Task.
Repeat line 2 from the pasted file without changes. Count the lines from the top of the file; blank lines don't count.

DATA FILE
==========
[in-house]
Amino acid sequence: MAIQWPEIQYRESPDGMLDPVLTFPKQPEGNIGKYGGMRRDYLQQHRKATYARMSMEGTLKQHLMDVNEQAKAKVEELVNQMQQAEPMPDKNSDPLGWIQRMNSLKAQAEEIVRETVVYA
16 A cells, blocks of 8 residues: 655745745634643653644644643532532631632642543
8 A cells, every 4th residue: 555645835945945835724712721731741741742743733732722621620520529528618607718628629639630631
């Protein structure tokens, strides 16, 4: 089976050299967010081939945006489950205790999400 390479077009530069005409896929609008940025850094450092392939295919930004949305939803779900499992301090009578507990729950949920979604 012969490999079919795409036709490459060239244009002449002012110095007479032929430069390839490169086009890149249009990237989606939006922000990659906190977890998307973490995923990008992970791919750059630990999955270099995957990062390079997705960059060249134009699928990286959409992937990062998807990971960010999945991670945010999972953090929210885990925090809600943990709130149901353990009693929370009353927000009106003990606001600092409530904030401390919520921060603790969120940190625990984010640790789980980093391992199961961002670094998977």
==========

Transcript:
Amino acid sequence: MAIQWPEIQYRESPDGMLDPVLTFPKQPEGNIGKYGGMRRDYLQQHRKATYARMSMEGTLKQHLMDVNEQAKAKVEELVNQMQQAEPMPDKNSDPLGWIQRMNSLKAQAEEIVRETVVYA